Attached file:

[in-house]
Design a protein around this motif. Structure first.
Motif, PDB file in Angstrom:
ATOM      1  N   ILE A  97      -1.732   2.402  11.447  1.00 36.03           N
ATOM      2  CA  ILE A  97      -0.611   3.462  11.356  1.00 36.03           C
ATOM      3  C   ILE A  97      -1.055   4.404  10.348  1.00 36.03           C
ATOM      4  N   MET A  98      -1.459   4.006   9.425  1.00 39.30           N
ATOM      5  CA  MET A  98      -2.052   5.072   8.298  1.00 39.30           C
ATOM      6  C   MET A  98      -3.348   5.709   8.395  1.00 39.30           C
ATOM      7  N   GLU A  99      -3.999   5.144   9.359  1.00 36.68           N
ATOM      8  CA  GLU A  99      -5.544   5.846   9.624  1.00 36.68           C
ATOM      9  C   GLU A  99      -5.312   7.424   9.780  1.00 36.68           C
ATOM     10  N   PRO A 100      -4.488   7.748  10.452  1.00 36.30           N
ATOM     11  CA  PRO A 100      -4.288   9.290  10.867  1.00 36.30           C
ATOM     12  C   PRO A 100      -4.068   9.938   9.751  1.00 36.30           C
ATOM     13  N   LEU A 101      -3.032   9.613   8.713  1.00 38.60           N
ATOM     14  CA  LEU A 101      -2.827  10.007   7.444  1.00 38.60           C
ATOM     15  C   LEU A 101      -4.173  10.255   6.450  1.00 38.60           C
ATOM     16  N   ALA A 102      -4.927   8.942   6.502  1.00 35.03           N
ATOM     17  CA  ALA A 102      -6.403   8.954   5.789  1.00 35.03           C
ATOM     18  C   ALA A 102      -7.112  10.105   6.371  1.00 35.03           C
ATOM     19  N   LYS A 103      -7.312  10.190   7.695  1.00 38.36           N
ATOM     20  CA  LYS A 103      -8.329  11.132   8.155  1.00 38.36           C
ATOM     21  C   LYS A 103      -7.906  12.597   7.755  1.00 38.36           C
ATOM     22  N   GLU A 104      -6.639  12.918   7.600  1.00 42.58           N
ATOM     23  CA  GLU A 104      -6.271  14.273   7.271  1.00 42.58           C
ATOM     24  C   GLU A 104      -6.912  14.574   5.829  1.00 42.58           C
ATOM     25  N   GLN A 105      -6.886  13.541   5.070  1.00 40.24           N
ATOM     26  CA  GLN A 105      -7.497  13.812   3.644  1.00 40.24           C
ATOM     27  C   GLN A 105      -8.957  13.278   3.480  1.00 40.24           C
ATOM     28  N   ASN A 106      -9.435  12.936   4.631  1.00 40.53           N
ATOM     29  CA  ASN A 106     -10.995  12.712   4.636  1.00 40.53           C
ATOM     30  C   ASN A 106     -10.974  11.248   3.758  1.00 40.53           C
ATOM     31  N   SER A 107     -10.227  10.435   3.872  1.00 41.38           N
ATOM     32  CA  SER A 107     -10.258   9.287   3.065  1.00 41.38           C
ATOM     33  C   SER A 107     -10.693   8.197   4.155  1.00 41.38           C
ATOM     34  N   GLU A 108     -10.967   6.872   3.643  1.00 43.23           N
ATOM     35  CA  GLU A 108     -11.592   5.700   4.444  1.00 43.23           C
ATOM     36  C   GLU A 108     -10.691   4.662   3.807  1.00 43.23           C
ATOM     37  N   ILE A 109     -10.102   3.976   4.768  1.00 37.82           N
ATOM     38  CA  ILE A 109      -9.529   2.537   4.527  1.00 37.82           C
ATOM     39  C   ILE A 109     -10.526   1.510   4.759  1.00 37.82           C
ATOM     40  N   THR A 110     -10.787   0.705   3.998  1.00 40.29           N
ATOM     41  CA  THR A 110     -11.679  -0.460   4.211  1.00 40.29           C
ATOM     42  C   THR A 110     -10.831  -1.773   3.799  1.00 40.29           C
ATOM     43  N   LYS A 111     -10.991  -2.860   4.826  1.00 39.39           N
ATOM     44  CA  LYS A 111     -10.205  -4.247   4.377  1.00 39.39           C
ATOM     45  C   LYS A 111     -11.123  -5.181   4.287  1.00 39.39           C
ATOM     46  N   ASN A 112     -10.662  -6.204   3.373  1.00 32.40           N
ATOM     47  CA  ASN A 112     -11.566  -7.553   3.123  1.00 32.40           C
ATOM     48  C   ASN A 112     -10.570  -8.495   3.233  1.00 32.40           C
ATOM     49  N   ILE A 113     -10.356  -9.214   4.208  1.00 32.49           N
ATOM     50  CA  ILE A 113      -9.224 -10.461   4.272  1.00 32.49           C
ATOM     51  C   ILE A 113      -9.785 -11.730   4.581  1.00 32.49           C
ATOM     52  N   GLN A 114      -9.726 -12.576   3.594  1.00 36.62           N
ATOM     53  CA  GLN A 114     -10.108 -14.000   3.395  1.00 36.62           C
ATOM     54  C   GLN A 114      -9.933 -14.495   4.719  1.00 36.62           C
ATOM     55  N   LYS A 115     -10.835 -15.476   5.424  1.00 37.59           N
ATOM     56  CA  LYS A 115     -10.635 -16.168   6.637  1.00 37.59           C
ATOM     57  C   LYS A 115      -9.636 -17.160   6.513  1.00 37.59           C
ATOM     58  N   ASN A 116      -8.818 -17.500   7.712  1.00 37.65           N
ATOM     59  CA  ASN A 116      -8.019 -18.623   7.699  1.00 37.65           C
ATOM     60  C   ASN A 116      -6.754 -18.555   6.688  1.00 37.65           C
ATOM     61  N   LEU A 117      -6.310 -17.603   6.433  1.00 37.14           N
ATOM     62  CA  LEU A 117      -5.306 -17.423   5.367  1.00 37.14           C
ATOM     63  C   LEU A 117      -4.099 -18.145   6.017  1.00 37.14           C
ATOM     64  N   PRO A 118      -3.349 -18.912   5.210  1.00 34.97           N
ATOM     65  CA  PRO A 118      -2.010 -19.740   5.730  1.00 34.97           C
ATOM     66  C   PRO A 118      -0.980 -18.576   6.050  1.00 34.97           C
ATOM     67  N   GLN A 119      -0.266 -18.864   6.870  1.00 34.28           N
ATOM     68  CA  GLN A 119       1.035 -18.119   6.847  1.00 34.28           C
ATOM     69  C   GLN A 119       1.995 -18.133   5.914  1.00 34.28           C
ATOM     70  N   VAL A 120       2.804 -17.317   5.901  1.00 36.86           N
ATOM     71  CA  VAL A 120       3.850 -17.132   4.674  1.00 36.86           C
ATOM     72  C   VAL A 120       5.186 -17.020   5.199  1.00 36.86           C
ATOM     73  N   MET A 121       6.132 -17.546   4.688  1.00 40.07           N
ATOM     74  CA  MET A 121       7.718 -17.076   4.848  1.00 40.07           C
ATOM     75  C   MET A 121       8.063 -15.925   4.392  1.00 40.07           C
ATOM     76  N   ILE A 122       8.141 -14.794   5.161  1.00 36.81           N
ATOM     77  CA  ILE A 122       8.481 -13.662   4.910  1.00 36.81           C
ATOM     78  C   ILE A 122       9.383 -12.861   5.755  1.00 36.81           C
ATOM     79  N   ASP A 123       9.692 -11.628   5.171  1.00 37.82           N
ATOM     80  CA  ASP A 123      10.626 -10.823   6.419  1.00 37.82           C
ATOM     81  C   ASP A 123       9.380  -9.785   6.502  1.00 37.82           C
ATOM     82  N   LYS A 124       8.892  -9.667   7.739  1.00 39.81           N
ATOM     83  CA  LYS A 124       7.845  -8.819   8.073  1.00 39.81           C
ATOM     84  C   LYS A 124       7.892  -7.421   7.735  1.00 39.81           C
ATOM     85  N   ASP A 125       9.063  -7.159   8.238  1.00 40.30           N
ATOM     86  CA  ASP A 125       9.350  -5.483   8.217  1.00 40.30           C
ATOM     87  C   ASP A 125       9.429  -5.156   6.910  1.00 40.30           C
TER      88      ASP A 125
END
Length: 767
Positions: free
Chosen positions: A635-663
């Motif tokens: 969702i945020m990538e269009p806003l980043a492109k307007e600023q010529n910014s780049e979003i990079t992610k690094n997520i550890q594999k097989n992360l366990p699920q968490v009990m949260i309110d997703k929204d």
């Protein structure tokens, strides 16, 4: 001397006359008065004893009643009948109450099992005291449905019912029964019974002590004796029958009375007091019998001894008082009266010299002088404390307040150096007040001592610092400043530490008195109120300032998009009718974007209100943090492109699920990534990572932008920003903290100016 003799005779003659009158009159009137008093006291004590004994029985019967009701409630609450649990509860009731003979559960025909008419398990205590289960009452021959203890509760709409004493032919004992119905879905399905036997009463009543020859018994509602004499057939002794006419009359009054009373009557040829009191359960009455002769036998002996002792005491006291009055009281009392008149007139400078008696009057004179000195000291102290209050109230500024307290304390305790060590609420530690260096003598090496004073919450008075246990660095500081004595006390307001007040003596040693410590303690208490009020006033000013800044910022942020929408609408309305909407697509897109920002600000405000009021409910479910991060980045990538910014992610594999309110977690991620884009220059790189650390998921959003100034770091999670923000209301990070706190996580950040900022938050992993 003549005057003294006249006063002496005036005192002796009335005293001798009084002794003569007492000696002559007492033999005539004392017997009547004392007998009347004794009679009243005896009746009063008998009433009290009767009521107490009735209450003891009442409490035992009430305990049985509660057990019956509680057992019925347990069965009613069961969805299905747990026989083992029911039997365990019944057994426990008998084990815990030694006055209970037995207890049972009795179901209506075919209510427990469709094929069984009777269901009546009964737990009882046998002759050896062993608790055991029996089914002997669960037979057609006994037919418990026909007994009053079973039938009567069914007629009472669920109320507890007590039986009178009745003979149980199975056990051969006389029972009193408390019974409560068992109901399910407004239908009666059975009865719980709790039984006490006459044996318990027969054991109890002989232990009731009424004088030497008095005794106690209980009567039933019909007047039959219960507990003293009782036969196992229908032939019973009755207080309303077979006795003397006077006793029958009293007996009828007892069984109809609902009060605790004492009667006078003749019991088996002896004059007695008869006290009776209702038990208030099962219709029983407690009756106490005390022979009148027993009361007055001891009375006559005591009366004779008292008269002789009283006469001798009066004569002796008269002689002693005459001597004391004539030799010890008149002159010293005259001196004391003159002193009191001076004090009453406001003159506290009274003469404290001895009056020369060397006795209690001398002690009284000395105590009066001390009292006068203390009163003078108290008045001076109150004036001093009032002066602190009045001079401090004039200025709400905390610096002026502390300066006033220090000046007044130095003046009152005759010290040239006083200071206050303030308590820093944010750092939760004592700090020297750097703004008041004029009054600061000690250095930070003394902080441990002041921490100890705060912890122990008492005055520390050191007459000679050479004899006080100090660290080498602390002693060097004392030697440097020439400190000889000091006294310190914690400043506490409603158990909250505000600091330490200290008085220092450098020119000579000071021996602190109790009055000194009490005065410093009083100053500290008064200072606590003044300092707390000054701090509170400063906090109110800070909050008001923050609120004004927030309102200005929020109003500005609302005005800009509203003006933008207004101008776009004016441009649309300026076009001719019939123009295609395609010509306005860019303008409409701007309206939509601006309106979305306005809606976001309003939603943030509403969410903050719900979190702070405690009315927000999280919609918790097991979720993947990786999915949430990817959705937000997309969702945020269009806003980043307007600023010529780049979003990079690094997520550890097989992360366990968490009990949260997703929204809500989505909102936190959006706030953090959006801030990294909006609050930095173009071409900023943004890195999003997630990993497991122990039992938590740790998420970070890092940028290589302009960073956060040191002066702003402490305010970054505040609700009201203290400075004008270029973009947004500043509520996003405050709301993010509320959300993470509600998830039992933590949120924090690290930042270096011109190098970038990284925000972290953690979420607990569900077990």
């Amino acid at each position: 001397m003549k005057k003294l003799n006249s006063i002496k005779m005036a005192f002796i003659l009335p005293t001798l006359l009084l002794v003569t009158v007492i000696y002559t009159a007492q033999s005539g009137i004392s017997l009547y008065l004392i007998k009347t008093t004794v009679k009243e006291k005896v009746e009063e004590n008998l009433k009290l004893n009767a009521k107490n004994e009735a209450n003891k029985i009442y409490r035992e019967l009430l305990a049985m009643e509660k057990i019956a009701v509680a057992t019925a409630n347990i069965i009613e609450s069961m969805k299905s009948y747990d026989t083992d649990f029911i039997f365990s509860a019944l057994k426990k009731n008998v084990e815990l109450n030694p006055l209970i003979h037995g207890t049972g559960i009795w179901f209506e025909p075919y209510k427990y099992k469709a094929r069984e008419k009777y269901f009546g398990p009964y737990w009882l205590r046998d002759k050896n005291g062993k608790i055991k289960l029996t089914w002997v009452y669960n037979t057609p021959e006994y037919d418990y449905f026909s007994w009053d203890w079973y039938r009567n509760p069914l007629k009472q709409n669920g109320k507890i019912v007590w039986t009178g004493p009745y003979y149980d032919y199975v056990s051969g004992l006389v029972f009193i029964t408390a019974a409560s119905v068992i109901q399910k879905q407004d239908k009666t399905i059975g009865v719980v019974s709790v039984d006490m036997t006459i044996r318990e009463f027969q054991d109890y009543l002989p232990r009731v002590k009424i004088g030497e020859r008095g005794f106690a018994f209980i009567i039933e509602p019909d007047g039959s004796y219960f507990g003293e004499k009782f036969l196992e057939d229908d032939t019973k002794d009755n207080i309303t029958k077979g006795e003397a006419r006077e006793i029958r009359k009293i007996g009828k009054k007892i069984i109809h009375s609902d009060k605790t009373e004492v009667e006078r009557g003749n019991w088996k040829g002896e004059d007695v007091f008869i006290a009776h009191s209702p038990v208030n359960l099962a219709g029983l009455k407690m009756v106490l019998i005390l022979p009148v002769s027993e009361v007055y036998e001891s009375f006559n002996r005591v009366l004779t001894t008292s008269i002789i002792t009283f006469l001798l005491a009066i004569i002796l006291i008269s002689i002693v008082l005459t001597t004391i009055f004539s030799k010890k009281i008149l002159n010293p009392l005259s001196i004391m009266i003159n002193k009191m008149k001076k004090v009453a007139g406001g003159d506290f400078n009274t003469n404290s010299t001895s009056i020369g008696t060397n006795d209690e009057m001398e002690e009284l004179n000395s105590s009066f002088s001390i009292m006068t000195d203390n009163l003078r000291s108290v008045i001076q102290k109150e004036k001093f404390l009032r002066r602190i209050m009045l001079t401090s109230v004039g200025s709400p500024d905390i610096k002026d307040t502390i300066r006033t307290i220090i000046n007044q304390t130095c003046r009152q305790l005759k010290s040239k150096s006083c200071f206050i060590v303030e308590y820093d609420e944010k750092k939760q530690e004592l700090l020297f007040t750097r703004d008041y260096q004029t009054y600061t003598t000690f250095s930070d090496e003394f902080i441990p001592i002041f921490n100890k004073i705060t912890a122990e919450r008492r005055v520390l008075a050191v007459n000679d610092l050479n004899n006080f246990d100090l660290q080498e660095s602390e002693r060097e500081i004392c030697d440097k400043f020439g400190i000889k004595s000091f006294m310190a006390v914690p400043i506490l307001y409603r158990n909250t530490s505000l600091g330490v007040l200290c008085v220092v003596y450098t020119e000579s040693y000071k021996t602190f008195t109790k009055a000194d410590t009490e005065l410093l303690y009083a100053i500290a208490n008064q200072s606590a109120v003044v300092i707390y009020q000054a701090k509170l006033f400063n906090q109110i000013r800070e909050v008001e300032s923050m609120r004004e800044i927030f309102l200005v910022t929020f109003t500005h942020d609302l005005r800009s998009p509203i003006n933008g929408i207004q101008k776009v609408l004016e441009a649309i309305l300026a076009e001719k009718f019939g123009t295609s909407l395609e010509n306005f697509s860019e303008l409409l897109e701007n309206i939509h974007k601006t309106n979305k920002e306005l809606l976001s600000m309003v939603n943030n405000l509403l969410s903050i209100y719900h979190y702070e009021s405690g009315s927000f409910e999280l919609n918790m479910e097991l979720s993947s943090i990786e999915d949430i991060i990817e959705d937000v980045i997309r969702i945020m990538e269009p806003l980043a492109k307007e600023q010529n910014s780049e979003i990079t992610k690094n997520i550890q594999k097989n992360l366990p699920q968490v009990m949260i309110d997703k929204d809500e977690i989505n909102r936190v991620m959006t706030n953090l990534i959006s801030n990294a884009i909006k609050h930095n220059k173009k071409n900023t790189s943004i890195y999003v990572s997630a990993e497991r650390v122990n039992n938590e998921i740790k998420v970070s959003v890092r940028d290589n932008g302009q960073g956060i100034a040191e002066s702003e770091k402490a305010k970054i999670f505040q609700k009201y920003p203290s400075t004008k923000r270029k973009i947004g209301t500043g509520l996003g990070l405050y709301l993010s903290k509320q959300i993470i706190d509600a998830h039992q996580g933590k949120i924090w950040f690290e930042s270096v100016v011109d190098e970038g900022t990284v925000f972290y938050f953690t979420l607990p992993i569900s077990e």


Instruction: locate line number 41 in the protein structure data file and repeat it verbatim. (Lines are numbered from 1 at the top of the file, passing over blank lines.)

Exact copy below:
ATOM     38  CA  ILE A 109      -9.529   2.537   4.527  1.00 37.82           C